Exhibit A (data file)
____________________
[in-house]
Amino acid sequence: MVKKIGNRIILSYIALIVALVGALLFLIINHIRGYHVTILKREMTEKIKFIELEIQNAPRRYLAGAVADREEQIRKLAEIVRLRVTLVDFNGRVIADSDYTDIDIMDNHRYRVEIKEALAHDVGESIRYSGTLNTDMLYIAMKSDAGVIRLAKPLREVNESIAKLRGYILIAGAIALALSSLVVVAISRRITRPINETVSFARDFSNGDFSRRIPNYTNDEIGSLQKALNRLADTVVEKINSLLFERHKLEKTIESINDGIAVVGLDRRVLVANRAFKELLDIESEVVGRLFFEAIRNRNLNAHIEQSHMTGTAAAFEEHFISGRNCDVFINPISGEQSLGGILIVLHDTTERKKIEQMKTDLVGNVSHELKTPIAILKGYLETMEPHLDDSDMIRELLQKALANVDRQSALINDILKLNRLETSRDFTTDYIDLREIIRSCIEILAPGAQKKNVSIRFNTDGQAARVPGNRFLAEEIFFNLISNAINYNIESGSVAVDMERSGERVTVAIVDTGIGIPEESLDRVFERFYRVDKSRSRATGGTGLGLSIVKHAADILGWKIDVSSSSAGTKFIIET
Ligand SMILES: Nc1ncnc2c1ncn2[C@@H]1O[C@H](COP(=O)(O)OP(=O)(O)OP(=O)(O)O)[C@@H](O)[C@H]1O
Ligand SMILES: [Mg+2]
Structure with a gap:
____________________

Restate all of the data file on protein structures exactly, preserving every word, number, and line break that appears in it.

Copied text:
[in-house]
Amino acid sequence: MVKKIGNRIILSYIALIVALVGALLFLIINHIRGYHVTILKREMTEKIKFIELEIQNAPRRYLAGAVADREEQIRKLAEIVRLRVTLVDFNGRVIADSDYTDIDIMDNHRYRVEIKEALAHDVGESIRYSGTLNTDMLYIAMKSDAGVIRLAKPLREVNESIAKLRGYILIAGAIALALSSLVVVAISRRITRPINETVSFARDFSNGDFSRRIPNYTNDEIGSLQKALNRLADTVVEKINSLLFERHKLEKTIESINDGIAVVGLDRRVLVANRAFKELLDIESEVVGRLFFEAIRNRNLNAHIEQSHMTGTAAAFEEHFISGRNCDVFINPISGEQSLGGILIVLHDTTERKKIEQMKTDLVGNVSHELKTPIAILKGYLETMEPHLDDSDMIRELLQKALANVDRQSALINDILKLNRLETSRDFTTDYIDLREIIRSCIEILAPGAQKKNVSIRFNTDGQAARVPGNRFLAEEIFFNLISNAINYNIESGSVAVDMERSGERVTVAIVDTGIGIPEESLDRVFERFYRVDKSRSRATGGTGLGLSIVKHAADILGWKIDVSSSSAGTKFIIET
Ligand SMILES: Nc1ncnc2c1ncn2[C@@H]1O[C@H](COP(=O)(O)OP(=O)(O)OP(=O)(O)O)[C@@H](O)[C@H]1O
Ligand SMILES: [Mg+2]
Structure with a gap: